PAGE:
- Germany is looking to analyze data from smartwatches and fitness devices to track the emergence of new coronavirus outbreaks in the country.
- Pulse, temperature, and sleep data would be collected anonymously from participating citizens to map the potential spread of new COVID-19 hot zones in the future.
- Germany has conducted extensive coronavirus testing, which allowed it to keep the death toll in check compared to other European countries and the US. New screening measures might be required to relax social distancing measures.
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With over 103,000 cases as of Tuesday morning, Germany has the world’s fourth-largest COVID-19 caseload after the US, Spain, and Italy. But Germany’s management of the novel coronavirus outbreak stands out for the low number of fatalities compared with other regions. Germany’s nearly 1,900 COVID-19 deaths at the time of writing puts the country in tenth place for coronavirus fatalities.
The explanation for Germany’s success in keeping the mortality rate low is extensive testing combined with extreme social distancing measures. Implemented early, the testing protocols allowed Germany to catch coronavirus patients earlier than others. As a result, COVID-19 patients were isolated and treated earlier than those in other countries. The extensive testing campaign also explains why Germany’s total cases rose to over 100,000 in about a month.
Germany isn’t stopping with its ample COVID-19 screening attempts, though, as the country has kicked off a program that allows the collection of coronavirus-relevant data with the help of wearable devices like the Apple Watch.
The purpose of the study is to collect a large number of health parameters from willing participants in an attempt to catch the signs of novel COVID-19 outbreaks as they happen. This sort of screening may play an important role once social distancing restrictions are raised.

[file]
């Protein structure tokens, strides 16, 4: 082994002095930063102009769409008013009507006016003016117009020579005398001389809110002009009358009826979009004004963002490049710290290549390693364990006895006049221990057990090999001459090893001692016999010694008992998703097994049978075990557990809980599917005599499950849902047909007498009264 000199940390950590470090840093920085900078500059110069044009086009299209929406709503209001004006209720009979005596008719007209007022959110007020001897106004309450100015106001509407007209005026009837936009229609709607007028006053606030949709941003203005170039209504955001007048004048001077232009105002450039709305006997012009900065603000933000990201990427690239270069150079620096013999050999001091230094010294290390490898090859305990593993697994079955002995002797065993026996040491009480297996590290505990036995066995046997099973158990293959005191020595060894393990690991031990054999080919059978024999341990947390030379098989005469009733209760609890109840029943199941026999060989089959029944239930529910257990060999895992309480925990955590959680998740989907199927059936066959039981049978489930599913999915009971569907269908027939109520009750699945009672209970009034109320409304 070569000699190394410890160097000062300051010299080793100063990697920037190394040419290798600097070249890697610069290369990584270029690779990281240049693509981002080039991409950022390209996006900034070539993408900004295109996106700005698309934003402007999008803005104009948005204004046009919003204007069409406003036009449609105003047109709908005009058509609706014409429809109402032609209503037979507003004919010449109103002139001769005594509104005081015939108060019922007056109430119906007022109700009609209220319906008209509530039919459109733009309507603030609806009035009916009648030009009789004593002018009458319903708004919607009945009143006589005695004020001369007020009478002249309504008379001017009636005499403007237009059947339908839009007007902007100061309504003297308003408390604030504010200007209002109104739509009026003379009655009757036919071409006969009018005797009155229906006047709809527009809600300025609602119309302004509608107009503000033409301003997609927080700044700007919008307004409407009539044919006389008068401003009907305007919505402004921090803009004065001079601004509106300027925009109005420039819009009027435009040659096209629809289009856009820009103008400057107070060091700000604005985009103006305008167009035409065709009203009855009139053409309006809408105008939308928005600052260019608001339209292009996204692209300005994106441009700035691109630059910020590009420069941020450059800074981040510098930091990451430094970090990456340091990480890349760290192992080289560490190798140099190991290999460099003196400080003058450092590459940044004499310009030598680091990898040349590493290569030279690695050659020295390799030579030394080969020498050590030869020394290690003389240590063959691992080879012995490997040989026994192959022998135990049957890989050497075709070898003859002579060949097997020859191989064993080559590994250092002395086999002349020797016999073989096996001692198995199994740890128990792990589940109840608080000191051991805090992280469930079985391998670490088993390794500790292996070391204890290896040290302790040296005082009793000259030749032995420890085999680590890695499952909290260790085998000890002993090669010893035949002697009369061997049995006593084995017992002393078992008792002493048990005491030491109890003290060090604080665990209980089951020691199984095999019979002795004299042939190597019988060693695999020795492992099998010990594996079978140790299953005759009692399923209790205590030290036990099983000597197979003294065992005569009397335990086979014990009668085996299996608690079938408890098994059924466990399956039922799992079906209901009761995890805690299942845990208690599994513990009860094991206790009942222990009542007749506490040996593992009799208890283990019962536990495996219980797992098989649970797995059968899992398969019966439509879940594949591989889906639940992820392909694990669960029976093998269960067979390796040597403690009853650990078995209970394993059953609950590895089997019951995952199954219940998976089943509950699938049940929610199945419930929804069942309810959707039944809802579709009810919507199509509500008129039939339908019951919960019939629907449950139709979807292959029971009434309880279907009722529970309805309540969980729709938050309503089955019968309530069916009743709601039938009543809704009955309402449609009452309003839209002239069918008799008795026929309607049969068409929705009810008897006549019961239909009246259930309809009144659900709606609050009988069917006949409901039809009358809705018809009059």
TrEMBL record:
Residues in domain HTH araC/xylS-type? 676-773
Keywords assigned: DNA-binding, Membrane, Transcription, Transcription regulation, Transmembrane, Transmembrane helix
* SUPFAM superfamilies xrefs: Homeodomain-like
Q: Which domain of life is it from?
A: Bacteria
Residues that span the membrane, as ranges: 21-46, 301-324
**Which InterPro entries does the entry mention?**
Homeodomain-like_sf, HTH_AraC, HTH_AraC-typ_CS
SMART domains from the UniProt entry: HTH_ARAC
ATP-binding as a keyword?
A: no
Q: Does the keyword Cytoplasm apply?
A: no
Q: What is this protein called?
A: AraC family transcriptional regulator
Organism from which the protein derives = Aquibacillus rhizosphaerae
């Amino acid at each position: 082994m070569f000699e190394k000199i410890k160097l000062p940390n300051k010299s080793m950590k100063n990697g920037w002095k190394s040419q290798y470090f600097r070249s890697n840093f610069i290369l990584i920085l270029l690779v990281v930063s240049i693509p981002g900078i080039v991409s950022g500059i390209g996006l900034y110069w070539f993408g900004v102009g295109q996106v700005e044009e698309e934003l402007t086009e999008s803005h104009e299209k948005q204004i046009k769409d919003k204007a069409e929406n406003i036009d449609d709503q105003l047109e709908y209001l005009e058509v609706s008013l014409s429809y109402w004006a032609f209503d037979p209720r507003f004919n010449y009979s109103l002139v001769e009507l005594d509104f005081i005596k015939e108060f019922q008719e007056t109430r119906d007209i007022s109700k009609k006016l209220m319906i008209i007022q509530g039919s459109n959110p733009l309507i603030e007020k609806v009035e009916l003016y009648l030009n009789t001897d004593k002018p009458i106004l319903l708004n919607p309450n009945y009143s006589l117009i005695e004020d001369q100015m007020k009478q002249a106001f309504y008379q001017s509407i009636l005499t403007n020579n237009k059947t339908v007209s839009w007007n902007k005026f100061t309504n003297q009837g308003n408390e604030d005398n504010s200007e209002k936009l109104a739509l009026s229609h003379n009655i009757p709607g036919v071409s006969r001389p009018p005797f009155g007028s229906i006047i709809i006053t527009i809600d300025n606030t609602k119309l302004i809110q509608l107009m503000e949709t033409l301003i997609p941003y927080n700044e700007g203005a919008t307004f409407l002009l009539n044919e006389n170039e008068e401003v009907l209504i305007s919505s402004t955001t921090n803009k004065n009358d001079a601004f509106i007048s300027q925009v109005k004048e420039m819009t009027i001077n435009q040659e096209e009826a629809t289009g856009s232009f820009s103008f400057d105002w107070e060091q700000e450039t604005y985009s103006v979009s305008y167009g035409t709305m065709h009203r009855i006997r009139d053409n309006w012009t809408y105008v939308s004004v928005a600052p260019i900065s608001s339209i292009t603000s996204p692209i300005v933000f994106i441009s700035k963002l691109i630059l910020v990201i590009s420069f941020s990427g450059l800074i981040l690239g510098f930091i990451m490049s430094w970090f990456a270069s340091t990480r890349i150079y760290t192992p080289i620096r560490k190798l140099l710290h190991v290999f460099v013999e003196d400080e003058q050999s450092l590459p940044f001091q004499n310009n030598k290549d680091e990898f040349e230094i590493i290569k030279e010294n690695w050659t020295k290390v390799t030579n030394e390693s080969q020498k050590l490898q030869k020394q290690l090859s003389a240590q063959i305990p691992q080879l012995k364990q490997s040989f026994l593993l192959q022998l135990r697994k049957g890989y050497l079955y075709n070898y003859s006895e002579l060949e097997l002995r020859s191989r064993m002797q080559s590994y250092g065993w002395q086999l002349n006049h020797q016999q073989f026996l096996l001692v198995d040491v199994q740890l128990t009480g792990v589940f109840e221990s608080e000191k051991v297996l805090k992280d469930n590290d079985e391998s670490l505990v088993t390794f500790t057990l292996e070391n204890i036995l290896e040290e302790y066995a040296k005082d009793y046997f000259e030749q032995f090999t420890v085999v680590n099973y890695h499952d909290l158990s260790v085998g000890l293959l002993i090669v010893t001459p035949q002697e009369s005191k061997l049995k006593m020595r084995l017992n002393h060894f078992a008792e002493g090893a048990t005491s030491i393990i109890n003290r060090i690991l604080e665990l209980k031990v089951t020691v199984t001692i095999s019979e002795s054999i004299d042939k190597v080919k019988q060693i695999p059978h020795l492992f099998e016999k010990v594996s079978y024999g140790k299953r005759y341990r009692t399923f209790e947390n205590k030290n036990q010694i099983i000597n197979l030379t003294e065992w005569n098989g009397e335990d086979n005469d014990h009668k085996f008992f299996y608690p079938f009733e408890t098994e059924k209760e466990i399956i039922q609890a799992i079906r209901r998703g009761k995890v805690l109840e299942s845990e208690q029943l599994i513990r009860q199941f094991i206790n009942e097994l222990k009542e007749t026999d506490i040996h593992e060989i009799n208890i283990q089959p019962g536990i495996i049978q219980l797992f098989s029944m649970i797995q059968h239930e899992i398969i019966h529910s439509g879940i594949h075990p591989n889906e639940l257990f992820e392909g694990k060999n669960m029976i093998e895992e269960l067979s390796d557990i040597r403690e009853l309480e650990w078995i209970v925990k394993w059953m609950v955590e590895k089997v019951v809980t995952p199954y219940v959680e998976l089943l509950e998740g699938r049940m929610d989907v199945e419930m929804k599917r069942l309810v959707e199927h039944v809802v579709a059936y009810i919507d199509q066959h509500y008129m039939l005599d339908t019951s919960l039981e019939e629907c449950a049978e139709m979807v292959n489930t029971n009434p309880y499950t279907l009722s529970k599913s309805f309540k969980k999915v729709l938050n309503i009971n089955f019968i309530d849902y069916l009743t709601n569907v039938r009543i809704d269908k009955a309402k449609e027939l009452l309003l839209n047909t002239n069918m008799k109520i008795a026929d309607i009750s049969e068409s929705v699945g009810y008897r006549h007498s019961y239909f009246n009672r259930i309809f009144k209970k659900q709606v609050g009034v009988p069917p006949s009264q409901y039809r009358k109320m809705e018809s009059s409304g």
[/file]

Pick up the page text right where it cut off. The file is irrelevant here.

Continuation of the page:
The application is available on watchOS, Wear OS, and other devices that work with the App Store and Google Play. The app will collect several data points from smartwatches and fitness trackers, including pulse, temperature, and sleep data. Smartwatches can’t measure the temperature of a person, but users can input such data manually in health apps — here’s a fast way to monitor your fever on the iPhone, by the way.
Changes in temperature and sleep patterns may be indicative of the presence of a disease. The most common COVID-19 symptoms include fever, fatigue, shortness of breath, and a dry cough. Having access to multiple data points for several regions in Germany could provide valuable data for epidemiologists looking to contain future outbreaks. The results will then be represented on an interactive map, Reuters explains. Authorities would be able to assess the risk of new outbreaks.
“If the sample is big enough to capture enough symptomatic patients, that would help us to draw conclusions on how infections are spreading and whether containment measures are working,” Robert Koch Institute head Lothar Wieler said. The institute coordinates Germany’s coronavirus response.
The Corona Data Donation app, developed by German wearable startup Thryve, will not collect any personally identifiable data. Users will have to register their postcode, age, sex, height, and weight before the trackers start monitoring health parameters.